It's the Scenery, Stupid
by Hank Donat
This week the Chronicle published a eulogy for San Francisco that lamented the City's decline as the cultural, economic, and social center of the Bay Area and the world. Written by Mark Simon, a fourth generation San Franciscan who lives in the Peninsula, the article cites a whole litany of reasons that Simon says prove San Francisco doesn't matter anymore, including: dirt; inconvenience, unpleasantness, expensiveness, hubris of San Franciscans, proliferation of suburban entertainment venues, symphonies, theatre companies and gourmet restaurants; lack of interesting characters, harsh and mean streets, the Board of Supervisors, incomprehensible and incapable (sic) politics, hypocrisy about intolerance, economic decline and the loss of dot com companies, the fact that it's not Silicon Valley, the homeless, time, events, and the City's own foolishness (whatever that last one means.) Evidently Simon likes Muni, because the transit system is about the only thing that escaped his indictment unless you want to read into inconvenience.
I have decided to postpone my rebuttal for just a moment. Rather, I'll look out over the Marina from my perch near Baker Street, the golden sunlight shining through the transom to warm my face. I'll close my eyes. Looking at the late afternoon sun through my eyelids I'm completely filled inside with gold. Eyes open, I see the Presidio with its straight, tall pines that remind me of a town I visit in Germany that's flanked by the Bavarian Forest one side and the Bohemian Forest on the other. The elegant Palace of Fine Arts looks tonight like a great button waiting to be pushed. The masts in the Marina make a bed of nails that fronts a mosaic of gleaming buildings playing Escher-like with light and shadows. The last sailboats of the day glide swiftly across the bay, like Snoopy when he ice skates. The fog begins to creep in. It sneaks as though unnoticed. If, like yesterday and the day before, the fog obscures this scene before sunset there will be but one beam that breaks through and illuminates all of Alcatraz Island. Now the fog horns caress the senses with gentle and familiar tones. A mere suggestion of a chill tells me to close the transom and start the tea.
Where was I? Oh yeah, San Francisco sucking. It is true that San Francisco's leadership as a financial center has fallen. That crown, like most others, is passed around. Cultural and economic influences have their ebbs and flows. In the words of Ronan Anderson, the San Franciscan by way of Ireland who produced the Millennium Clock for Euroclear in Brussels, "Hairstyles change. Interest rates fluctuate. It's about being there." There will always be a struggle for the character of San Francisco. Corporate influences that wish to make the City look more like the Peninsula, rather than the other way around, are powerful. Today's downturn is one thing, but there will likely always be money and people with money in San Francisco. (We lionize the great capitalists who built the City mostly because they were hedonists and they built beautiful structures.) But the secret of the character of San Francisco is no secret. It's in its neighborhoods and in its people.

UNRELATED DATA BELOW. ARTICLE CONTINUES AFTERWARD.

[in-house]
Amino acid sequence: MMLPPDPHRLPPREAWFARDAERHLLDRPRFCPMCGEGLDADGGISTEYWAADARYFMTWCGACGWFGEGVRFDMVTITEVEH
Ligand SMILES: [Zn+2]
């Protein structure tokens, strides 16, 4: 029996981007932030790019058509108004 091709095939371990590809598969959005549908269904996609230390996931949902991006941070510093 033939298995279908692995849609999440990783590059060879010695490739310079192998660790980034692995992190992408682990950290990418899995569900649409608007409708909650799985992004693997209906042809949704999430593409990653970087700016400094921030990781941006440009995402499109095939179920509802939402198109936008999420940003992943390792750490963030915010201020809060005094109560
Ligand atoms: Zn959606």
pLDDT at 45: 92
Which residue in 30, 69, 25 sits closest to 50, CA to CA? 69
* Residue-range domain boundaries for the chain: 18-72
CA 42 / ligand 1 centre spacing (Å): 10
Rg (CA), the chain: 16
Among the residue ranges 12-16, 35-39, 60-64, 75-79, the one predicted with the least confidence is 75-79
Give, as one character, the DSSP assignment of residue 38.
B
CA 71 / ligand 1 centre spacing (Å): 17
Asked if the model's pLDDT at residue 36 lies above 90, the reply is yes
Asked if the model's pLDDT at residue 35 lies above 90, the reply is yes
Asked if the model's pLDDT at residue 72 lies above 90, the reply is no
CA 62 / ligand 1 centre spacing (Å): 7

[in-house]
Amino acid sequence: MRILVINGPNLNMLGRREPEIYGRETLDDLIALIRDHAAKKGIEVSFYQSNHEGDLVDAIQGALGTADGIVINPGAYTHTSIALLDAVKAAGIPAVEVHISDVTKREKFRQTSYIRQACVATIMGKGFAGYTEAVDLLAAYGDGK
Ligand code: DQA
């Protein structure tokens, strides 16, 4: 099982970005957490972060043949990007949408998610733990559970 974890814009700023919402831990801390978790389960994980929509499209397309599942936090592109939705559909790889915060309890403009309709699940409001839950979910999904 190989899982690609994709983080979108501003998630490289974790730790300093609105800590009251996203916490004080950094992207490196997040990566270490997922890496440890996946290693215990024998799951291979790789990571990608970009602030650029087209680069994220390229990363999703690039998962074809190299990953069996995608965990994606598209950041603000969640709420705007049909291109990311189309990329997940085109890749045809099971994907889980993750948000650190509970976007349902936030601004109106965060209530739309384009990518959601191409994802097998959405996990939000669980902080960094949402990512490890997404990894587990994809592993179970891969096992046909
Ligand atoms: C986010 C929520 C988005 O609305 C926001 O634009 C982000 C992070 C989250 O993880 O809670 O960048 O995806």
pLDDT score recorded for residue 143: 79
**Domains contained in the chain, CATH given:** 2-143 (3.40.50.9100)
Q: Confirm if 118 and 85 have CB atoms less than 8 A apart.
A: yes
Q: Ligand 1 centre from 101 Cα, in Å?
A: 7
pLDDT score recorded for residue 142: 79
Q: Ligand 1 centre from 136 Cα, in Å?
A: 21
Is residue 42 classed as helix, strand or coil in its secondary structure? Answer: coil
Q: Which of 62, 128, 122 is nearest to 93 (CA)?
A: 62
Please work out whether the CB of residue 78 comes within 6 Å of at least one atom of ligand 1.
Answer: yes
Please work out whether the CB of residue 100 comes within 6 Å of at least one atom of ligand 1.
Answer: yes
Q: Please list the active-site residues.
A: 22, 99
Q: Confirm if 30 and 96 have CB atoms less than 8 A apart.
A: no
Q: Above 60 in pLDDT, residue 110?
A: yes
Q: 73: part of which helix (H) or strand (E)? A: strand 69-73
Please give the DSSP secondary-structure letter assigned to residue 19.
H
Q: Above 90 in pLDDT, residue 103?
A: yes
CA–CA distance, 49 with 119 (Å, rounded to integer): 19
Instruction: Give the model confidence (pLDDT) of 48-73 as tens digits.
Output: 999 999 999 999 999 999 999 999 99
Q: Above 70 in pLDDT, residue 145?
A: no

We didn't always have Lenny Bruce, Alan Ginsberg, or Harvey Milk. There was a San Francisco before the Beatniks, the hippies, the gay parade, and Pets.com. There will be a San Francisco after. Every generation of San Franciscans has gotten more or less the San Francisco it deserved. Throughout the history of all great cities, what remains is the land and it's people. That's what endures. The rest is a matter of values. What do we value as a culture? What do we celebrate? Is it artistic expression? Sexual freedom? Natural beauty? Each other? Or is it IKEA, things, and the every-man-for-himself culture Survivor?
I'm not trying to be obscure, but for me and most of the people I know who call themselves San Franciscans the best things in life are free, uncrowded, and non fattening.
Perhaps I'mfalling into Simon's trap. In his article he dares romantics to dismiss his claims out of hand. Not me. I agree that, at the moment, San Francisco isn't what it used to be. It's just the only thing even remotely close to what it should be. Or, ito quote a Quake era San Franciscan, I'd rather camp in the ashes of San Francisco than live anywhere else. (P.S. to Mark Simon: If you'd like me to be more specific than that, there are hundreds of additional examples of the City's rich character on this web site. Click around.)
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Copyright 2001 Hank Donat